American Cinematheque at the Egyptian Theatre Presents...
Making Movie History for 80 Years!

Click to Print Page 1 or Page 2 or Full Text of Nov./Dec. Schedule!

Click to Print Page 1 or Page 2 or Full Text of Dec./Jan. Schedule!

Series compiled by:  Dennis Bartok, Gwen Deglise & Chris D with extra special thanks to Michael "Shemp" Schlesinger for his enormous help!!.

 

 

Special Thanks to:

 

 

 

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The Film Programs of the American Cinematheque are presented at the magnificently renovated, historic 1922 Grauman's Hollywood Egyptian Theatre. Located at 6712 Hollywood Boulevard.
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<<< December 23, 2004 - January 2, 2005 >>>

Too Much Monkey Business: The Marx Bros., Abbott & Costello and The Three Stooges!!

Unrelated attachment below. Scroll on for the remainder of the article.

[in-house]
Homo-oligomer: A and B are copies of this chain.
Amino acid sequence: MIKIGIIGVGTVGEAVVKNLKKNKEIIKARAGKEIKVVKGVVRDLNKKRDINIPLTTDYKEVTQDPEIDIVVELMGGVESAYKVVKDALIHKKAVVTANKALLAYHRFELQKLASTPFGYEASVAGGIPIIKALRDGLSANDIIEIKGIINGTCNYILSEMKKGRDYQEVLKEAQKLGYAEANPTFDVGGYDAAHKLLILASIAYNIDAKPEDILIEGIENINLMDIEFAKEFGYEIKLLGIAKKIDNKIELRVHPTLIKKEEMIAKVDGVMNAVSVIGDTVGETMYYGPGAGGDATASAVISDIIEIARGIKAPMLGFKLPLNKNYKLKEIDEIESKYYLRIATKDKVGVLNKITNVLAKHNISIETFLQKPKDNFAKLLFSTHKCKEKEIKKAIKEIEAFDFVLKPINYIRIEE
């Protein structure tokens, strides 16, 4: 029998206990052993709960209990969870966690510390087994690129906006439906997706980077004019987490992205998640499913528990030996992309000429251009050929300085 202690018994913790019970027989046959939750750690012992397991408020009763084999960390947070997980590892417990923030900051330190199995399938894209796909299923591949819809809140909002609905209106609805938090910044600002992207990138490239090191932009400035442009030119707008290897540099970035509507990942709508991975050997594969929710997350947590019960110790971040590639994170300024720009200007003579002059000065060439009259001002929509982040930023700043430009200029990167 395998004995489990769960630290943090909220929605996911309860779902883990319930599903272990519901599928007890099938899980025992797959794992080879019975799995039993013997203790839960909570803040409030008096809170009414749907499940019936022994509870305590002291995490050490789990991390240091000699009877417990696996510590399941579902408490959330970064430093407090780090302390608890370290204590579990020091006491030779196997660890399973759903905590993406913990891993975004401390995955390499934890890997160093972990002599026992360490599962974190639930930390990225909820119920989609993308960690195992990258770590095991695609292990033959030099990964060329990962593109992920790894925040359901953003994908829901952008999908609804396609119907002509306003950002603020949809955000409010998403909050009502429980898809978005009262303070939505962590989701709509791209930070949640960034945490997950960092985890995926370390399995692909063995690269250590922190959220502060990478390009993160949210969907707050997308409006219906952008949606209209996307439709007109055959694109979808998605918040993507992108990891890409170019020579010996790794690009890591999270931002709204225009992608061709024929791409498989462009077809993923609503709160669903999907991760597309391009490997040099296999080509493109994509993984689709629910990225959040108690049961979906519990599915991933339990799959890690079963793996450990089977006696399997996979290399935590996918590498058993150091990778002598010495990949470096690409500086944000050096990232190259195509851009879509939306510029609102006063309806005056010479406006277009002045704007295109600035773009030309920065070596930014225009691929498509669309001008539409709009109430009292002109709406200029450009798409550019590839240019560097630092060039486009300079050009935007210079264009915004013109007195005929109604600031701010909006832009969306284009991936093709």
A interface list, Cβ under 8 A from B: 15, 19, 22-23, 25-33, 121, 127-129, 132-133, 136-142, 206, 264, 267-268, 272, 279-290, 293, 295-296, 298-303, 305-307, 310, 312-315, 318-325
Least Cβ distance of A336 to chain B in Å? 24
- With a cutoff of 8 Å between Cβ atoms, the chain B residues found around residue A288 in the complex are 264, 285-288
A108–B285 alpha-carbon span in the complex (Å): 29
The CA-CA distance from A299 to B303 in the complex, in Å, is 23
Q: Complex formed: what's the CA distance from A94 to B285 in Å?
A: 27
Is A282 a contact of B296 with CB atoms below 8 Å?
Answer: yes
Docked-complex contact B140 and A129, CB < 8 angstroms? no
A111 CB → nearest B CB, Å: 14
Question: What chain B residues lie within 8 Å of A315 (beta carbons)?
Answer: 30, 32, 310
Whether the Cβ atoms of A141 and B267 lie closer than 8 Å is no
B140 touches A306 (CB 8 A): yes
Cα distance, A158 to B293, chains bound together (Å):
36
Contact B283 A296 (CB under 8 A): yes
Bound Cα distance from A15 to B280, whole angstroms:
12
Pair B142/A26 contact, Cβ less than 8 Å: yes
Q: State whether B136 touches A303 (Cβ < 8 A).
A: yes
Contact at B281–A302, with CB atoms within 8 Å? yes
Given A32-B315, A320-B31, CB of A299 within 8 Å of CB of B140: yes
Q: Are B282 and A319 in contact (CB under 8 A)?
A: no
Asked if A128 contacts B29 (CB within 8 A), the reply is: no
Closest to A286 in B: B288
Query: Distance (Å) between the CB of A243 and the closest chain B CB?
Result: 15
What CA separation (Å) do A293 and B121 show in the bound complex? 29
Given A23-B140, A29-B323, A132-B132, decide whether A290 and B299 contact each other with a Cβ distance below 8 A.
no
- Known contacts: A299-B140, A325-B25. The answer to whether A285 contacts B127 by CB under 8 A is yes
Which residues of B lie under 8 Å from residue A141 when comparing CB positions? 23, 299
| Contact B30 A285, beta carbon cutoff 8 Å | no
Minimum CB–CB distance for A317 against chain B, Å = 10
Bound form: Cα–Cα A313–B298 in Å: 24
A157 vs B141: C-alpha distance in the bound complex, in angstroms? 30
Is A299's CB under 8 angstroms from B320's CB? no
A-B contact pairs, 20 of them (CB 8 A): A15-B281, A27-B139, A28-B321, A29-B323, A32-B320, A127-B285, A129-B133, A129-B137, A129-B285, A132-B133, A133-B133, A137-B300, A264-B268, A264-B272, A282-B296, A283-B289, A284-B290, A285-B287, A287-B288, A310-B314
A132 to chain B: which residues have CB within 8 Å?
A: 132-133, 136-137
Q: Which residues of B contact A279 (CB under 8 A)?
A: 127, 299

So many wonderful things have regrettably disappeared from pictures today, but perhaps the most baffling one is The Comedy Team. As thick as thieves from the ‘30s to the ‘50s, they’ve been all but extinct from movie screens since the Eisenhower Administration (not exactly a big bundle of yuks itself). So, to celebrate that golden age of hilarity—and provide a welcome Holiday respite to all those depressing Oscar-wannabes showing everywhere else—we present for your big-screen pleasure, three of the best: one duo, one trio, and one quartet, with nothing in common but their flawless abilities to reduce you to a helpless puddle of guffaws. (Perhaps a result of their differing roots: the Marx Bros. came from Broadway, the Stooges from vaudeville, and A&C from burlesque.) And because these movies were meant to be seen in theatres with an audience, their immaculate timing frequently seems off when watched alone on TV. So forsake your DVD player, come to our all-you-can-laugh buffet and load up your plate…and be sure to bring the kids: they’re probably starved for some real comedy!

 

Thursday, December 23 – 7:30 PM